If the situation is not an emergency, the rate is set 10-20 beats/min above the intrinsic heart rate, and the output is initially set very low and then gradually increased until capture occurs. The output should be set to a value at least two to three times higher than the threshold to ensure a safe margin for any change that occurs in the capture threshold, which is usually less than 1 mA. A slightly higher capture threshold is acceptable for atrial leads because they are less stable than ventricular leads.

To check the sensing threshold (if it is needed in the demand pacing mode), the pacing rate should be set lower than the intrinsic heart rate. The value of the sensing threshold should then be gradually increased until the pacemaker fails to sense the intrinsic activity and consequently begins firing. The sensing threshold is usually more than 5 mV in the ventricle and is much lower in the atrium. The AV interval in AV sequential pacing is usually between 100 and 200 msec, which is comparable to a normal PR interval.

Confirmation of pacing lead position

Once the lead has been placed, its location should be confirmed by means of ECG and chest radiography. On ECG, a paced QRS should exhibit left bundle-branch block (LBBB) morphology because the lead is located in the right ventricle.

The axis of the paced QRS may provide additional useful information. The axis may be determined by checking leads I and aVF. A positive deflection in lead I indicates a leftward axis, and a negative deflection in that lead indicates a rightward axis. A positive QRS deflection in lead aVF indicates an inferior axis, and a negative QRS deflection in that lead indicates a superior axis.

Accordingly, proper right ventricular lead placement in the apex should be associated with LBBB morphology and a superior axis in the paced QRS complexes. If the pacing lead is in the right ventricular outflow tract, the paced QRS complexes show LBBB morphology and an inferior axis (which might also be rightward). Thus, on a surface ECG, lead V1 shows mainly a positive QRS deflection and lead aVF a positive QRS deflection; lead I may show a negative QRS deflection. A pacing lead in the coronary sinus will show right bundle-branch block (RBBB) morphology.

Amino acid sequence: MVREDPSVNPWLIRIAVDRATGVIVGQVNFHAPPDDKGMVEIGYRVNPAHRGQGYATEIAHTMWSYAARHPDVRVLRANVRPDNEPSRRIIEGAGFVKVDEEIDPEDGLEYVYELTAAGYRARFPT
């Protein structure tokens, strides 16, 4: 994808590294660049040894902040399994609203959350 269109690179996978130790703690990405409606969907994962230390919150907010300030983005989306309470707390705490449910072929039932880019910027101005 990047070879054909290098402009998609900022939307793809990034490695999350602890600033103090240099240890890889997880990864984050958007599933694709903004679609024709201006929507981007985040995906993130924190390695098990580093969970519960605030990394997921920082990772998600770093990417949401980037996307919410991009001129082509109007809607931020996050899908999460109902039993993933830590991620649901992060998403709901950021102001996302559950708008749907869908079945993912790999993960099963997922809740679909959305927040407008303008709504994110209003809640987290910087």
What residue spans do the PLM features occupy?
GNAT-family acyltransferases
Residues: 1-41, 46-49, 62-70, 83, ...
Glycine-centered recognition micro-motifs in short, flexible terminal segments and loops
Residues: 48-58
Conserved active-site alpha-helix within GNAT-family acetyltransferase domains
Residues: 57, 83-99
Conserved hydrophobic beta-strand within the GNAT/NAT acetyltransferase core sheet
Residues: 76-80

Unless RV outflow tract and left ventricular (LV) pacing are planned, the aforementioned ECG characteristics are evidence of malpositioning, even if the malpositioning is not detected on chest radiography. On an anteroposterior chest radiograph, the tip of a catheter in the RV should be pointed slightly inferiorly and should be near the lateral border of the heart. On a lateral view, it should point anteriorly a few centimeters behind the sternum. A J-shaped atrial pacing lead should point cranially to the left and slightly anteriorly.

Ongoing management

The lead is secured to the skin, and a transparent dressing is applied. The patient is reevaluated. Daily care includes checking for infection, threshold testing, and evaluation of the paced surface ECG.



Transvenous cardiac pacing may be associated with a number of different complications, as follows.

Sequelae of venous access

Depending on the site of venous access, a variety of adverse consequences may occur. Pneumothorax and hemothorax develop more frequently when subclavian access is performed. [6] Infection and thrombus formation most often occur after femoral vein access but may also develop when other access sites are used.

Thrombus formation at the venous access site is associated with embolic phenomena. As many as 60% of patients in whom thrombosis develops at the site of venous access exhibit evidence of pulmonary emboli on a ventilation-perfusion scan. [7] To prevent infection, femoral venous access should not be used for more than 24 hours. Significant bleeding after arterial puncture occurs more often when internal jugular access is used. Air embolism and nerve damage are the other potential complications.

Loss of capture and undersensing

The causes of loss of capture during transvenous pacing can be divided into two groups: those related to the patient’s condition and those related to the lead position and the pacing unit. Hypoxia, acidosis, class I antiarrhythmic drugs, and electrolyte abnormalities are associated with an increased threshold and may result in loss of capture. In these cases, the main strategy should be treating the underlying cause while the output is temporarily increased to recapture the heart.